Farmers Market entices a crowd
If you sell it, they will come.
The Veterans Park west parking lot was full of activity last Thursday with 14 vendors and a large turnout of customers.
"This is the best we've had for vendors in the three years we've had Farmers Market," said Jenny Buysse, who is the coordinator of the weekly event. "I'm very happy with the variety of vendors and the growth of the customers from last week to this week."
Vendors were selling fresh produce, baked goods, honey, canned products, pre-packaged products, handmade crafts, snacks, wood signs and more. The thing that makes this Farmers Market different than most is that vendors do not have to pay a vendor fee, nor do they have to pre-register. They can set up any Thursday they want and sell their products. New vendors are filtered in among the regular vendors each week."It's nice to come here each week and buy some things and visit with some of the people here," said one woman. "The prices on everything are very reasonable and all the produce is really fresh."
The Farmers Market is held from 5-7 p.m. every Thursday.
"We will continue as long as weather permits," Buysse noted.
The can man
Standing behind one of the vendors tables with several filled canning jars filled with green beans, peppers, salsa, pizza sauce and varieties of pickles, was Minneota golf coach Walker Hennen.
Seems Walker and his brother Trent work a 1,000 square-foot garden together on Trent's property outside of Minneota.
Among the vegetables they have in the garden are tomatoes, peppers, green beans, kohlrabi, spaghetti squash, pumpkins, carrots, peas, cucumbers, kale, lettuce, potatoes, broccoli, cauliflower and zucchini.
"We planned to have this big garden and then try canning some of the things," said Walker, who teaches fifth and sixth grade math and social studies in Ivanhoe.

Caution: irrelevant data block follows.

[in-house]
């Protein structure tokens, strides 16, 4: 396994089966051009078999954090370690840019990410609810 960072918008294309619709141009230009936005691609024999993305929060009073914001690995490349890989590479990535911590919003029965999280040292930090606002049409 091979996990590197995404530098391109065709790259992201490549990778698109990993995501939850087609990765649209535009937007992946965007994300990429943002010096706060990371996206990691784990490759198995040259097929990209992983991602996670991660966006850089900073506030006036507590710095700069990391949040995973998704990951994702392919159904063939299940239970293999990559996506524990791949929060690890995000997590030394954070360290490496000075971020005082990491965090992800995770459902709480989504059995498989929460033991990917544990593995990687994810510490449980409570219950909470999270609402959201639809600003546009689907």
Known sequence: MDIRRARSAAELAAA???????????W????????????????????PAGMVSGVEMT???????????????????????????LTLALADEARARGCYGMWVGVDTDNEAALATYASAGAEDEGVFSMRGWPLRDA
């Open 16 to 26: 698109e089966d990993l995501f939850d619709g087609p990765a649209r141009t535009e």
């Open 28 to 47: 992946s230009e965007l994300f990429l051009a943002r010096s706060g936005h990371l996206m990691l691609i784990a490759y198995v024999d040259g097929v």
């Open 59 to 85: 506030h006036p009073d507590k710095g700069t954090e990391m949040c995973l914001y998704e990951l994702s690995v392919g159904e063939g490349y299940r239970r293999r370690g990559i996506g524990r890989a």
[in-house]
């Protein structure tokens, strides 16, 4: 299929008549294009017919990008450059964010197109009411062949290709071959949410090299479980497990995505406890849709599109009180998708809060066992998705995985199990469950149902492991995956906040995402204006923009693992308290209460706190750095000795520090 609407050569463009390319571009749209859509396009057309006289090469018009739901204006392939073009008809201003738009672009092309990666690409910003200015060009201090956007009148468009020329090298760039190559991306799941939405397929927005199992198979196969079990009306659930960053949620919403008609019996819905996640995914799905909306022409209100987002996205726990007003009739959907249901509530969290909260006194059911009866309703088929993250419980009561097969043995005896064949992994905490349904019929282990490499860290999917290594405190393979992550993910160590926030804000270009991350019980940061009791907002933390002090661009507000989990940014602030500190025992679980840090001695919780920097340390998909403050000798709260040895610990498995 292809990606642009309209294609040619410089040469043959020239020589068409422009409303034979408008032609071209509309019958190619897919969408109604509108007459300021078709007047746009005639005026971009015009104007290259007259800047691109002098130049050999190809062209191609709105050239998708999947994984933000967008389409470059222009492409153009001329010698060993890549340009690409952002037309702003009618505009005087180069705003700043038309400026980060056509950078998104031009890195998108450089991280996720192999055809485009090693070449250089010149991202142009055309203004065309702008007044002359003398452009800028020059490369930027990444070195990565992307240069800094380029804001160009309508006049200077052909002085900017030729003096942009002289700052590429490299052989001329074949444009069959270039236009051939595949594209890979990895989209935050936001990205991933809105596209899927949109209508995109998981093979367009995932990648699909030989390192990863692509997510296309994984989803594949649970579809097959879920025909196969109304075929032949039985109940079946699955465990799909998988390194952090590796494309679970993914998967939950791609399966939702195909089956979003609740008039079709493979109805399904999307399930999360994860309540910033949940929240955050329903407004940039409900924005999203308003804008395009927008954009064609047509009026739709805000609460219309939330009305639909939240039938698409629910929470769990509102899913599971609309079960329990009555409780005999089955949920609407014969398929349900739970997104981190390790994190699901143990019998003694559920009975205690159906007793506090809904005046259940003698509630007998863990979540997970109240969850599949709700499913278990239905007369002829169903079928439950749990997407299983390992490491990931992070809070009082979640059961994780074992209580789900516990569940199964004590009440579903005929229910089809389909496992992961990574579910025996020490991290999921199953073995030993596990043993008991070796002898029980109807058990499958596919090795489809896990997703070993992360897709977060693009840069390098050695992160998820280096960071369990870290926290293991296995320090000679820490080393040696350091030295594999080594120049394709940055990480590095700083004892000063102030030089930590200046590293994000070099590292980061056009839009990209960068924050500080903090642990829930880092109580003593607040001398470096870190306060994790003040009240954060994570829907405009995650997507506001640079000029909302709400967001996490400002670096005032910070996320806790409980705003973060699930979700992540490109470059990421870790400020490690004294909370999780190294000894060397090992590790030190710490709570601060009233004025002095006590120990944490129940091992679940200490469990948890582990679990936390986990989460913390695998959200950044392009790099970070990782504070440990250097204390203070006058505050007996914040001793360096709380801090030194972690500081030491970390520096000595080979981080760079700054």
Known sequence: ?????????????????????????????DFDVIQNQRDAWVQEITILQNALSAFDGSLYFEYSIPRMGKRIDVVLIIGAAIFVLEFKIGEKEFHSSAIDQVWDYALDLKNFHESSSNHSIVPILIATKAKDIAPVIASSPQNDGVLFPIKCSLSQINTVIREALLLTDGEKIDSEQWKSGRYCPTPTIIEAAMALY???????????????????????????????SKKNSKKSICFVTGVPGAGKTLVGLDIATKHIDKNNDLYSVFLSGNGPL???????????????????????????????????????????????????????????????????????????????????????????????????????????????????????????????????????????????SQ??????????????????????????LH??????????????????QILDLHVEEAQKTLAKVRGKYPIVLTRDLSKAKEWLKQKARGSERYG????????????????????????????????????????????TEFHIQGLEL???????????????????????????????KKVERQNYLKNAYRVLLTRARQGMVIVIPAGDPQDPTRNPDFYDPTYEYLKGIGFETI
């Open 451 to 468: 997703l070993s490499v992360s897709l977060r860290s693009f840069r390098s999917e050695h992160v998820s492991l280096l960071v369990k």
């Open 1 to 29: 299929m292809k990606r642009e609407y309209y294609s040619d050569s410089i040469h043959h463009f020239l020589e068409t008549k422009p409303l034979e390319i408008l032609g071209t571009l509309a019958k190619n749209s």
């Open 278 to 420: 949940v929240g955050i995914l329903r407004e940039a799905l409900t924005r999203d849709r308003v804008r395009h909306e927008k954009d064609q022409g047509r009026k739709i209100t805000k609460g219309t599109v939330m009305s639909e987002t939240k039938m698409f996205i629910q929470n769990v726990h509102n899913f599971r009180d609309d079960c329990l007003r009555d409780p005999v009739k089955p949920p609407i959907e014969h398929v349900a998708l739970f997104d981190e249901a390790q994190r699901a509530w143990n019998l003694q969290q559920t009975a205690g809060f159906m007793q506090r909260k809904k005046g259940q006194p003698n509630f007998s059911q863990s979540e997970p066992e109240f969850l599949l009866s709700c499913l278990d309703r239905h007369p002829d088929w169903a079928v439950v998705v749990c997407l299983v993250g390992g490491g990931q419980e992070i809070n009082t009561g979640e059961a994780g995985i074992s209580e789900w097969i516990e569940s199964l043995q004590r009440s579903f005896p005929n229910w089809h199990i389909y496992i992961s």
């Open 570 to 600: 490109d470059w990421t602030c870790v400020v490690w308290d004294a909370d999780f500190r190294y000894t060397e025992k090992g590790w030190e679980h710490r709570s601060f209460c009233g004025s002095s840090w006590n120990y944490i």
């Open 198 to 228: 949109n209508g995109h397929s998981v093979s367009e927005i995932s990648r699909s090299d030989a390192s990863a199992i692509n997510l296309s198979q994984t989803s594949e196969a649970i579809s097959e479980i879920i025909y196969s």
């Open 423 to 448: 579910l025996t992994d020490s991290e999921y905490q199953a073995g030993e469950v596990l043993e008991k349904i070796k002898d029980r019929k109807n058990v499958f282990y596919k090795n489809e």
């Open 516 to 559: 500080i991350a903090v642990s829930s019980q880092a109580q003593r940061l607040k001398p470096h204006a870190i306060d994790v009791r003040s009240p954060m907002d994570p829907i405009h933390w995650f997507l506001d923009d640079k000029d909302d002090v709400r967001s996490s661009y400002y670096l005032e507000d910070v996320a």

Once their garden was producing, the Hennens visited the Farmers Market in Minneota in July to check things out.
"We wanted to see what things people were selling and what prices they were charging," he said. "We had never done this before and we didn't want to over-price and we didn't want to under-price either."
Walker's mother-in-law, Laurie Laleman, was instrumental in teaching him how to make salsa with the many tomatoes they had on hand.
Typically, you see more women than men selling their own canned vegetables, but the Hennens have done themselves proud.
"I haven't really had any problems yet," Walker smiled. "All the lids have sealed for me so far. The biggest thing is finding the time to can."
The five children of Chris and Jessica Swedzinksi had a hand in the Farmers Market last week. Three of the children, Winifred, 11; Hildy, 10; and Harry, 6; were all vendors. Adeline, 8, and Crosby, 3, were also available to help.
Winifred hand-makes copper-plated and aluminum rings, using materials from her father's welding crafts. She orders the stones that go on the rings.
"Those are beautiful," said one woman. "Did you really make them yourself?"
Winifred, who also sole hand-printed cars, smiled and shook her head as if to say "yes".
Hildy was selling cornstalk displays for fall and Halloween. Harry sold eggs from the 16 chickens he tends to on the farm.
"When Chris would do shows, he would usually take one or two of the kids with him," said Jessica. "That's how they got the interest to make things to sell."